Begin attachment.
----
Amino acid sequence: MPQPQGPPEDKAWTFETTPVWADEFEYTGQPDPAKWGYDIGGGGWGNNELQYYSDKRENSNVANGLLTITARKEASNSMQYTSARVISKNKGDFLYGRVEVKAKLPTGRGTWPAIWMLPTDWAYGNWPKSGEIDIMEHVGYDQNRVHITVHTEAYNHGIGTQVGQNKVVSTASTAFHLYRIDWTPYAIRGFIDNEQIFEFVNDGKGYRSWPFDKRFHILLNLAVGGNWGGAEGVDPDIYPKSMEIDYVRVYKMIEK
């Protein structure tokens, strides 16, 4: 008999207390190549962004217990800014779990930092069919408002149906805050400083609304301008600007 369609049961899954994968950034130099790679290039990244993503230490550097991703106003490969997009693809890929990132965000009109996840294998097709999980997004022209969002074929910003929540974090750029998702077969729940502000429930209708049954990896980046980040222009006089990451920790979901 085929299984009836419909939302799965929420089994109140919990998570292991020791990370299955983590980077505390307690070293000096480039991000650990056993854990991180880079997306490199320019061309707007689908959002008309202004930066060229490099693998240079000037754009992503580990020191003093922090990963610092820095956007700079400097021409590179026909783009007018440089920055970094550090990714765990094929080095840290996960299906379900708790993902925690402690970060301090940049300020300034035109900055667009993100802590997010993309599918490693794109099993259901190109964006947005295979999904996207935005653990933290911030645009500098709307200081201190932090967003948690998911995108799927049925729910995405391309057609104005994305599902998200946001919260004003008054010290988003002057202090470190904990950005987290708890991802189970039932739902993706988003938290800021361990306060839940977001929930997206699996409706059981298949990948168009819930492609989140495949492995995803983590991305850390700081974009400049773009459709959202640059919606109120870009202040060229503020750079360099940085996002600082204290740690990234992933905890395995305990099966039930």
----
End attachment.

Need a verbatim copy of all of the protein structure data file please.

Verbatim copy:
Amino acid sequence: MPQPQGPPEDKAWTFETTPVWADEFEYTGQPDPAKWGYDIGGGGWGNNELQYYSDKRENSNVANGLLTITARKEASNSMQYTSARVISKNKGDFLYGRVEVKAKLPTGRGTWPAIWMLPTDWAYGNWPKSGEIDIMEHVGYDQNRVHITVHTEAYNHGIGTQVGQNKVVSTASTAFHLYRIDWTPYAIRGFIDNEQIFEFVNDGKGYRSWPFDKRFHILLNLAVGGNWGGAEGVDPDIYPKSMEIDYVRVYKMIEK
């Protein structure tokens, strides 16, 4: 008999207390190549962004217990800014779990930092069919408002149906805050400083609304301008600007 369609049961899954994968950034130099790679290039990244993503230490550097991703106003490969997009693809890929990132965000009109996840294998097709999980997004022209969002074929910003929540974090750029998702077969729940502000429930209708049954990896980046980040222009006089990451920790979901 085929299984009836419909939302799965929420089994109140919990998570292991020791990370299955983590980077505390307690070293000096480039991000650990056993854990991180880079997306490199320019061309707007689908959002008309202004930066060229490099693998240079000037754009992503580990020191003093922090990963610092820095956007700079400097021409590179026909783009007018440089920055970094550090990714765990094929080095840290996960299906379900708790993902925690402690970060301090940049300020300034035109900055667009993100802590997010993309599918490693794109099993259901190109964006947005295979999904996207935005653990933290911030645009500098709307200081201190932090967003948690998911995108799927049925729910995405391309057609104005994305599902998200946001919260004003008054010290988003002057202090470190904990950005987290708890991802189970039932739902993706988003938290800021361990306060839940977001929930997206699996409706059981298949990948168009819930492609989140495949492995995803983590991305850390700081974009400049773009459709959202640059919606109120870009202040060229503020750079360099940085996002600082204290740690990234992933905890395995305990099966039930």